Adopting Thorium Energy
When it comes to nuclear power most people would think about uranium. Our current state of nuclear power harnesses power through nuclear fission. The heat generated from this process boils water which drives massive steam turbines to create electricity. While this sounds like a fairly simple process the dangers it presents are massive. Reactor core meltdowns and the waste products are serious dangers the environment. There is an alternative element that can be used in place of uranium which is more efficient, abundant, and most importantly…safer.
That element is thorium.
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Thorium is a naturally occurring radioactive chemical element. It is named after Thor, the Norse god of thunder. When used in a system for generating electricity its waste materials are 10 – 1000 times less long lived than uranium. This provides profound benefits over uranium when it comes to storing waste products. Thorium provides a greater energy yield than uranium; 5,000 tons of thorium is equivalent to about 61,000 tons of uranium. Those amounts are what’s needed to provide energy to the entire planet.
At this point you’re probably wondering why we’re not using it if it’s safer and more powerful. Thorium has had a complicated history. Not because of any potential dangers it may have presented, but the potential dangers it didn’t possess. Uranium based nuclear power plants serve another purpose. Their waste products aid in the creation of weapons. Thorium’s waste products are not as easily weaponized. During the cold war governments were hesitant about funding a fledgling source of energy.
Instead they opted to continue to invest and expand the infrastructure of the established uranium based nuclear plants. The last government funded thorium reactor was shut down in 1973 and thorium research nearly died along with it. In short; the benefits of weapons were chosen over having a safer and more energy independent future. The very nature of thorium allows for a facility orders of magnitude safer than the uranium nuclear power plants. When a nuclear power malfunctions or is damaged there is possibility of it exploding and releasing radioactive aterials into the atmosphere. The three worst nuclear power plant disasters occurred in 1979 with Three Mile Island, Pennsylvania; 1986 with Chernobyl; and in 2011 with the disaster in Fukushima, Japan. Chernobyl is estimated to remain uninhabitable for approximately 20,000 years while Fukushima is expected to remain so for 20 years or more. Entire cities abandoned do to the inherent danger of uranium based nuclear energy. Thorium has a sort of built-in fail-safe in that it requires extremely high temperatures to operate.
This is alone makes for one its safest qualities. Without going into too much detail; if a thorium power plant were to lose power the devices heating its reactor tank would stop working. This would decrease the operating temperatures of thorium and its reactions would cease. The thorium would then be drained into a collection tank through the force of gravity. Unlike uranium power plants; thorium has no need to use water as a coolant. In an emergency a thorium power plant can shut itself down without any human intervention.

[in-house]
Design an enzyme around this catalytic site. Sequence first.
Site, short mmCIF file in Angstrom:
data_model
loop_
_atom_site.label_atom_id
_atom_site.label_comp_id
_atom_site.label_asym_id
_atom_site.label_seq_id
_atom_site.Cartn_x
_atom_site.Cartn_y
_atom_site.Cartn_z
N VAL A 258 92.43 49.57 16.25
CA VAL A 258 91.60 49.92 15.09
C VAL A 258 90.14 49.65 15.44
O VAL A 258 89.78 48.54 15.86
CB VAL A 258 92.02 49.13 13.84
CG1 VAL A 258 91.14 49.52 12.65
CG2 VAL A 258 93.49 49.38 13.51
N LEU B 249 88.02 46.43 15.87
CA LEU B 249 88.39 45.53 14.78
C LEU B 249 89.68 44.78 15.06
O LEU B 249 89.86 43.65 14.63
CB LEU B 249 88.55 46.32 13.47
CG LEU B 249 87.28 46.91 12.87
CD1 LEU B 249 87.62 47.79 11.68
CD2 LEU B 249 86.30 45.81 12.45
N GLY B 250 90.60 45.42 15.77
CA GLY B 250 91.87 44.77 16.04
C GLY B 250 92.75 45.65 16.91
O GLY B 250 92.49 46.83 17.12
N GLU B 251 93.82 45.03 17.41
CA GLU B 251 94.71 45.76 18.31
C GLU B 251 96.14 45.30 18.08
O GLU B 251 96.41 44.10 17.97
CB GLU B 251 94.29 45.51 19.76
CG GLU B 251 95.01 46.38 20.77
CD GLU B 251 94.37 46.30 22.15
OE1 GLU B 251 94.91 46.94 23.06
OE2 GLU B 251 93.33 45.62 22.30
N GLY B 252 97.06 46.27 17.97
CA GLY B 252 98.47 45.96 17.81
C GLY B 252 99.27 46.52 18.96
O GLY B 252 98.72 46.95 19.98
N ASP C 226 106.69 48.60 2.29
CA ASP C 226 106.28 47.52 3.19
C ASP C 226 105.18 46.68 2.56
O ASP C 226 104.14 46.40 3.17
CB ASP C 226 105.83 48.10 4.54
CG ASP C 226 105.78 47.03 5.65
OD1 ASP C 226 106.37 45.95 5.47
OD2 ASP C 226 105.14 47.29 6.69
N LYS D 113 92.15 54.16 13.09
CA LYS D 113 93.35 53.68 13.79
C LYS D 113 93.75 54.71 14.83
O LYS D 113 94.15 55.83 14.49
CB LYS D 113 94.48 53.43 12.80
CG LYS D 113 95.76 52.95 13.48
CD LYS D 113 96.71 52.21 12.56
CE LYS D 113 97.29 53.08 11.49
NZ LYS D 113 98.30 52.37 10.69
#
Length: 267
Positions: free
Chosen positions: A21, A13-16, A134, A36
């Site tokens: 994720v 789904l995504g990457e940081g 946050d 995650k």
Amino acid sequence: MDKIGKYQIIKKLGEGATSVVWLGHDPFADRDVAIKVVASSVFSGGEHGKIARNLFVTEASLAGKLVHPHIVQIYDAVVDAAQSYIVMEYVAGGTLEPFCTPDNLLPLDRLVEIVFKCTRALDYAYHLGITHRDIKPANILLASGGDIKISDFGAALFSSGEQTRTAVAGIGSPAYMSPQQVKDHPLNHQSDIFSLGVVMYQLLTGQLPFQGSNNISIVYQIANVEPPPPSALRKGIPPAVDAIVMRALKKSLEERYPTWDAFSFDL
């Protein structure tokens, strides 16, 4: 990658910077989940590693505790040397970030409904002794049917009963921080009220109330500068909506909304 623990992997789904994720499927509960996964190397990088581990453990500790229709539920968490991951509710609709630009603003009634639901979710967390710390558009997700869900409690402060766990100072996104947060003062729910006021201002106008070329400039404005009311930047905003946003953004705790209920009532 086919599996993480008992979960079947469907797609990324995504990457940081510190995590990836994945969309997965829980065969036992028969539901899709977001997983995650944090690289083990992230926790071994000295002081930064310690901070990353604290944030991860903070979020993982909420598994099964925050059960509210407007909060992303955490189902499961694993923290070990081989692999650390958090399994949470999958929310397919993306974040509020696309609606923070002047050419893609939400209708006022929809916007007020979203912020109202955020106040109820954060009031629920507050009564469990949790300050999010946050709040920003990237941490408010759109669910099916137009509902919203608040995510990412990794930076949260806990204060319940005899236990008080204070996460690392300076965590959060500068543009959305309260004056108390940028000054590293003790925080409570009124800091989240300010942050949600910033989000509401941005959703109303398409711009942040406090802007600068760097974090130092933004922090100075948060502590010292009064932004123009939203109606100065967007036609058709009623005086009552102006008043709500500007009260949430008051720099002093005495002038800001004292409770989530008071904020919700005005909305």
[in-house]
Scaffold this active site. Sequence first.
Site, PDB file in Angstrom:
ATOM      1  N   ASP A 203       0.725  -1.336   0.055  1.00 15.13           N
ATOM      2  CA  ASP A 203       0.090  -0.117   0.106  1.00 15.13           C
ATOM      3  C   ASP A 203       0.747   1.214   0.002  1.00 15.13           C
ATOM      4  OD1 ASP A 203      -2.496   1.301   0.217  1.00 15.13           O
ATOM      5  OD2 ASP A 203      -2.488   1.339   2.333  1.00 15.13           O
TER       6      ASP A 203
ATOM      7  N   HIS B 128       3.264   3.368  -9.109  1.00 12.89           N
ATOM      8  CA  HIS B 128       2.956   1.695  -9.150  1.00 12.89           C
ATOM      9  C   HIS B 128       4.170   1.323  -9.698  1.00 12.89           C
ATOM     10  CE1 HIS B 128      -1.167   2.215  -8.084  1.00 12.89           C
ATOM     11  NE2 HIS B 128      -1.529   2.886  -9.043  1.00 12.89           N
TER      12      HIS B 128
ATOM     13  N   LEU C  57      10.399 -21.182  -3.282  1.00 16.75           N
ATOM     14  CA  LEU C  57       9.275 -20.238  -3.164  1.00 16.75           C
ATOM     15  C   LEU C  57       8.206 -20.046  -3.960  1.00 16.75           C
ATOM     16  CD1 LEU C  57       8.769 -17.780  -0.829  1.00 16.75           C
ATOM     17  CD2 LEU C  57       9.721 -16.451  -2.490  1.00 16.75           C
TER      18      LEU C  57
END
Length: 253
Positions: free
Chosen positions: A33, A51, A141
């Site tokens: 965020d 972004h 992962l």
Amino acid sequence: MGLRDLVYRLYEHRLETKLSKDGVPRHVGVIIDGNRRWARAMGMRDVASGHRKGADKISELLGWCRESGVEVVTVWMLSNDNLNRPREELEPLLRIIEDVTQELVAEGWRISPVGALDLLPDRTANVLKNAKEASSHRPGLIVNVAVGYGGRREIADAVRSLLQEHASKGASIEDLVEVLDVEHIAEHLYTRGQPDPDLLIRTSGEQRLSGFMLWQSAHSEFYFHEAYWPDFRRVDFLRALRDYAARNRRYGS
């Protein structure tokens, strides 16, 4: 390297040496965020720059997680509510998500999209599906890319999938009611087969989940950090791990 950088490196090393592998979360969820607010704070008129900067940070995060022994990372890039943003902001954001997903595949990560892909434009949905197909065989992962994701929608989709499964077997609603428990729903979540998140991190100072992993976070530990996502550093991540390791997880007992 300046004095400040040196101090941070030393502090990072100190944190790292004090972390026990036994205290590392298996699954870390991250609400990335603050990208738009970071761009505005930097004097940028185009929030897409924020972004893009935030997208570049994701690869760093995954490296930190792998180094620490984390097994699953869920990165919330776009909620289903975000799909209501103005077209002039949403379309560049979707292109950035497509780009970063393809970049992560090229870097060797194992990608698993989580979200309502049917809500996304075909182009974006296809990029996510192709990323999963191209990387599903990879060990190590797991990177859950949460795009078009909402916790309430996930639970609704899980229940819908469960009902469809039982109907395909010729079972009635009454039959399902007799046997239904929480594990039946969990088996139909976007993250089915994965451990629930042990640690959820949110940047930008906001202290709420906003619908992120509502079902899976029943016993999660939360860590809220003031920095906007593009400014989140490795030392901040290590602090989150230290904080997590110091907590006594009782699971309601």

Only recently has thorium once again become a serious contender for replacing uranium. As countries move to dismantle their nuclear arsenals thorium moves closer to the forefront of an energy independent future. Not all countries are as forward thinking as others though. China is currently the most forward thinking when it comes to thorium and has already outlined plans to have a new thorium reactor by the end of the decade. Estimates show that China has enough thorium to power its electricity needs for 20,000 years.
That amount of potential and safe energy is unheard of. The United States alone sits on a reserve of about 440,000 tons of thorium in storage. Remember that 5,000 tons could power the entire planet for a year. The total estimated thorium content on Earth is around 120 trillion tons. So much energy waiting to be harnessed. The United States has let politics get in the way of what truly matters for far too long. The main hurdle to building new thorium plants is that new regulations would have to be established first.
Those who make their fortunes off the established nuclear power plants no doubt lobby politicians to prevent thorium from becoming the leading source of energy. America will hurt itself if it allows other countries to gain too much of a head start in thorium energy research. Though thorium is not without its hurdles; its potential cannot be denied or ignored any longer. It’s extremely energy dense. There will never be a shortage of it. It’s incredibly safe. The waste products are less long lived and cannot be made into weapons. Like the Norse god it was named after thorium is set to take the world by storm.